Intermediate+ Word of the Day: fringe

fringe (noun, verb) /frɪndʒ/ LISTEN

A woman having her fringe trimmed

A fringe is a decorative border of short threads, loops, or other material, used on fabric. A fringe is also a marginal part of something, the outer edge of something, or a group with extreme views on something. In the UK, a fringe is a section of hair cut straight across the forehead (called bangs in the US). To fringe, as a verb, is ‘to furnish or arrange with a fringe.’

Example sentences

  • Bikers' leather jackets often have fringes of tassels.
  • That politician is part of the party's extreme left-wing fringe.
  • Poor people often end up living on the fringes of society.
  • The terrorist was part of an extremist fringe group.
  • Rebecca wears her hair in a bob with a straight-cut fringe.
  • Sam fringed the curtains with loops of gold.

In pop culture

Fringe is a science fiction TV show that aired in the US (and many other countries) between 2008 and 2013. It followed a group of FBI agents investigating paranormal events, things that happened on the “fringe” of what most people know and believe. Here’s a show preview for its very first season:

Additional information

As mentioned above, in hairstyles, what is called a fringe in the UK is called bangs in the US. These aren’t the only words for hairstyles that differ; although, according to many dictionaries, the words plait and braid both exist in UK and US English, people in the UK are more likely to use plait than braid, and people in the US will almost always use braid instead of plait.

Did you know?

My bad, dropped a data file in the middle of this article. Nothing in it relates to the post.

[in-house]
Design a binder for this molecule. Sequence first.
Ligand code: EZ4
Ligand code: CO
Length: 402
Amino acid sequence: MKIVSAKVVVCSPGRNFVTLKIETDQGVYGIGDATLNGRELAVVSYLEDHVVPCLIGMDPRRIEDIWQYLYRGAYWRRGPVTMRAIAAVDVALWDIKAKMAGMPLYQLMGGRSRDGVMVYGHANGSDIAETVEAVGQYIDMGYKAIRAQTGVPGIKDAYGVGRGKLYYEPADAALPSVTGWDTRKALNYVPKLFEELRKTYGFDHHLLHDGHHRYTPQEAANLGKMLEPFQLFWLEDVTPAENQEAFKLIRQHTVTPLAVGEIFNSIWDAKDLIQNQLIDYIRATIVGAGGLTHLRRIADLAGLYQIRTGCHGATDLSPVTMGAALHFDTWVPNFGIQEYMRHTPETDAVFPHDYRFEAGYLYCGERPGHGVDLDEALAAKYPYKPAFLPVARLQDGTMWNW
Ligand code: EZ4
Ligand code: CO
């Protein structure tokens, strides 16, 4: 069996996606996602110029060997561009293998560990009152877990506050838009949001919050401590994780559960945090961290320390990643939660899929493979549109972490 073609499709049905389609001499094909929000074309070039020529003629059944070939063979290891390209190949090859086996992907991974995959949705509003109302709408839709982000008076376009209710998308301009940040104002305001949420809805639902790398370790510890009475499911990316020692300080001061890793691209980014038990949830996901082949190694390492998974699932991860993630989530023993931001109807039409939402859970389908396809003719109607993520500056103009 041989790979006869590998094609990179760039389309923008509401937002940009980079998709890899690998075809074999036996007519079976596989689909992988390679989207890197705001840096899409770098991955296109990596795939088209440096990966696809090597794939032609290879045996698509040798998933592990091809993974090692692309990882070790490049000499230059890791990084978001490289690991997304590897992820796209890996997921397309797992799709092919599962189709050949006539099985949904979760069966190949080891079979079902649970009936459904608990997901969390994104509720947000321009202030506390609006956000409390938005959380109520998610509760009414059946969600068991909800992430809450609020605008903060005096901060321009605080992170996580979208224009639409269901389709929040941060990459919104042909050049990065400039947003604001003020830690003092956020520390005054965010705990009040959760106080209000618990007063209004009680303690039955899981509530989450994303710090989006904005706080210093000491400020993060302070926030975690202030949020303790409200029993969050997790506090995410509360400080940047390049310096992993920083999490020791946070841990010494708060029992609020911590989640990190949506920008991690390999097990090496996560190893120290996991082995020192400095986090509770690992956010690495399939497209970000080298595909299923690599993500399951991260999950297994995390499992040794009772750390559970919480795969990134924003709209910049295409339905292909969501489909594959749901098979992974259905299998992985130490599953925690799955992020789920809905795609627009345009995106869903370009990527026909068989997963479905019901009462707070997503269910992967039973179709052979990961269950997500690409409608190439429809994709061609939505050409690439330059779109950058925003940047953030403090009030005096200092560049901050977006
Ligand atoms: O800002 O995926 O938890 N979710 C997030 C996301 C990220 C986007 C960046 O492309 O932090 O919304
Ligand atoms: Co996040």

Fringe festivals normally host slightly alternative and perhaps experimental performances, normally alongside or slightly before or after a more mainstream festival. The best known example, and the one that first used the term fringe to describe itself, is the Edinburgh Festival Fringe, so famous that it is often just known as The Fringe. The Fringe has helped many well-known British comedians to establish their careers, including Eddie Izzard, Rowan Atkinson, and Jo Brand. You can see a clip of Rowan Atkinson interviewing the famous singer Elton John here:


Fringe dates back to the mid-14th century. The Middle English noun frenge, meaning ‘ornamental bordering,’ was borrowed from the Old French frenge, which meant ‘thread, strand, fringe, hem or border.’ It can be traced back to the Vulgar Latin frimbia, a variant of the Late Latin fimbria, which comes from the Latin fimbriae, meaning ‘fringe.’ The verb comes from the noun, and dates back to the late 15th century. The adjective did not appear until the early 19th century. The figurative use of fringe, meaning something on the margin of something else, was first used in the late 19th century.

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